In every local election since Labour introduced postal votes on demand in 2002 there have been suspicions of electoral fraud in Pendle. Just last year, every major political party reported allegations of ‘personation’ – where someone tries to vote by pretending to be someone else.
After 17 years of deepening doubt and suspicion, we’ve finally held an election where there’s been no reports of electoral fraud and the results accepted as being legitimate and fair. This is because of the voter ID trial alongside enhanced checks by the Council on people receiving postal votes.
This is something I strongly welcome. There’s so much to do to restore faith in our political system. Having been elected immediately after the expenses scandal, this is something I have always felt a deep responsibility for. It’s one reason why Parliament’s failure to implement the referendum result is so dangerous – faith in democracy is already badly damaged. If we’re not careful, it’ll be broken beyond repair.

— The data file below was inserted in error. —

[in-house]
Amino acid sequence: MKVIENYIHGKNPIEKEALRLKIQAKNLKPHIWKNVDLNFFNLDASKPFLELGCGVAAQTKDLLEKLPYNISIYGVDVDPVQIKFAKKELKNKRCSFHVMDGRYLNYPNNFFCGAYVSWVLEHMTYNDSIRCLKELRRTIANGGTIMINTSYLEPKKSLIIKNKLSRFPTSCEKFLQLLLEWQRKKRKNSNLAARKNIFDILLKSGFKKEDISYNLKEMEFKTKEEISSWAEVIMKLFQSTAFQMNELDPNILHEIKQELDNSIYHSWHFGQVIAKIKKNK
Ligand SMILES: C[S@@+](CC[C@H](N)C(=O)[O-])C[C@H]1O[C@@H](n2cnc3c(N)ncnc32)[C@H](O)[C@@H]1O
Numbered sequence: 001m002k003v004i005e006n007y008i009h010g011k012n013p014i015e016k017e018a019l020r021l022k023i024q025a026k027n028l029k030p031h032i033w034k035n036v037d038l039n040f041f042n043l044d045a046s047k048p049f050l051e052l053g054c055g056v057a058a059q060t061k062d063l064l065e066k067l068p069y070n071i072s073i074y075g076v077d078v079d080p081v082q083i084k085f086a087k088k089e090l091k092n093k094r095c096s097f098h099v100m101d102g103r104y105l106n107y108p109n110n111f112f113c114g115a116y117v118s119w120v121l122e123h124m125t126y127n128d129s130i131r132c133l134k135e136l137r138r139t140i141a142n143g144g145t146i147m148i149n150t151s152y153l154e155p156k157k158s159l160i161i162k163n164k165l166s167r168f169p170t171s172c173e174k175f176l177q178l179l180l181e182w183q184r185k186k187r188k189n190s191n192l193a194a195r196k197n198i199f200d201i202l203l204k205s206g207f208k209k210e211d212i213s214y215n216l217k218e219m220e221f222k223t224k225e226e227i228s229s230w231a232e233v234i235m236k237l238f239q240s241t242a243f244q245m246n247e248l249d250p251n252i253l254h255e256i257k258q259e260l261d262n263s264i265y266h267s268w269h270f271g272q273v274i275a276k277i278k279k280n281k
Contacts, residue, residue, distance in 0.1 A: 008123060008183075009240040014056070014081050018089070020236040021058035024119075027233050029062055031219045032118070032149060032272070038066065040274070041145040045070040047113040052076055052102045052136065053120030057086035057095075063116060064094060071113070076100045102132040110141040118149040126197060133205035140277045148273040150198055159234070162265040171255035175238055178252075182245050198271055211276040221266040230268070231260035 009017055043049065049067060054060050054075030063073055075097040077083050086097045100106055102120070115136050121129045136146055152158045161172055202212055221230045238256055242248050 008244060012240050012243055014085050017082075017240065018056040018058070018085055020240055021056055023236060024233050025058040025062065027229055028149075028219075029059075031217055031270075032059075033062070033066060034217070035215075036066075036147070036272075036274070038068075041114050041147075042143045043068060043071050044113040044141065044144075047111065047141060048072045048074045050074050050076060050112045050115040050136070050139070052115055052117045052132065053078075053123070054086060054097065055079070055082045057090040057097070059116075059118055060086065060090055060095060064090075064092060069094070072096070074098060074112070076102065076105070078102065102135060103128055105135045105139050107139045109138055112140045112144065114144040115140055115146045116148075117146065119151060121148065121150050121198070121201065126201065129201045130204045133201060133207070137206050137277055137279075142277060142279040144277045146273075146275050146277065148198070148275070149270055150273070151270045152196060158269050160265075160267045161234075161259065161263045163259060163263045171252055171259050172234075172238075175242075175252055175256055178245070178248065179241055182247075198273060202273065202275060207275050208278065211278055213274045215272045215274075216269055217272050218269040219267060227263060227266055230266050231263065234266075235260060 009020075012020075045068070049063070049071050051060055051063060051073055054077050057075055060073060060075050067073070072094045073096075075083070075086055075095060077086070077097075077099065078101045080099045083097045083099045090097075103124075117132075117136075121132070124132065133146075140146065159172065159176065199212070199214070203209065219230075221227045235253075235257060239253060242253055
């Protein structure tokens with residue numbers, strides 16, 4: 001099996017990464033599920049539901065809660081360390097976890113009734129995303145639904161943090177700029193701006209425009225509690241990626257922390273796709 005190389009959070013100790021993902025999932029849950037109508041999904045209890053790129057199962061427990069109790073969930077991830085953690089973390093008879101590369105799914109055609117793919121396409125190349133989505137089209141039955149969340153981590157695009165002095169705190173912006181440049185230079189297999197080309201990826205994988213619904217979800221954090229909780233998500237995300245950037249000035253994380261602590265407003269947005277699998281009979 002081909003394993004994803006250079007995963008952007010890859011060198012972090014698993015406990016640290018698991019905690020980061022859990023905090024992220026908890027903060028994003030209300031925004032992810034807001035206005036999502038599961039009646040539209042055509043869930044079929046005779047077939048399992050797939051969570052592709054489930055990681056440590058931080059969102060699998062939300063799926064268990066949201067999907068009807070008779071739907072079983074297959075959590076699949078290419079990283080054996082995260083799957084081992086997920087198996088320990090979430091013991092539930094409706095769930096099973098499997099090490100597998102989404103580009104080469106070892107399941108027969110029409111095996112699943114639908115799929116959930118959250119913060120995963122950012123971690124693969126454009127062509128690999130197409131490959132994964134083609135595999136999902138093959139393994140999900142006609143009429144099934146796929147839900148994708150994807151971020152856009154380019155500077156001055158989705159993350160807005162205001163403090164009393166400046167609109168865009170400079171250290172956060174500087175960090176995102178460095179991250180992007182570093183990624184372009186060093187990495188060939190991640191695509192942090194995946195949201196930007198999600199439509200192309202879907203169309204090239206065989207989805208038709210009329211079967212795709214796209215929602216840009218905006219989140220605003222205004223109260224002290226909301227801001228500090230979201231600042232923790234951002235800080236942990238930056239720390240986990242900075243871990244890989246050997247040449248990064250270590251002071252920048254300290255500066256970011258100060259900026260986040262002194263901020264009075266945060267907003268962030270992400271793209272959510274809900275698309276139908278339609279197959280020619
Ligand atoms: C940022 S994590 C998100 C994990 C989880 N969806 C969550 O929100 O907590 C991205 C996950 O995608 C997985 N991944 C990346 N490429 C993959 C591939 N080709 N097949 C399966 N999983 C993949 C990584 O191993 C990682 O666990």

The least politicians from across parties can do is accept the perception that elections in Pendle and other parts of the country are open to abuse, by moving towards a more robust electoral system with checks against abuse. It’s a shame to see some other political parties attacking efforts to do just that.
I was sorry to read reports that 119 people were caught out by the trial and were unable to vote. Thankfully 22,322 people were aware of the need to bring ID – well advertised ahead of the elections – and did cast their vote. The Council provided for people to acquire appropriate ID at no cost, as no-one should have to pay to be able to exercise their right to vote. I would hope that fewer people will be caught out, if ID is required in future following these trials.
The trial will now be assessed by the independent Electoral Commission in their report on the trial. Their judgement will inform whether and how voter ID is rolled out across England and Wales (Northern Irish voters have had to show ID since the 1980s).
In a democracy, our vote is precious. Battles have been fought for our right to an equal say in how our country, county and borough are run. It is right that our vote and democracy be protected.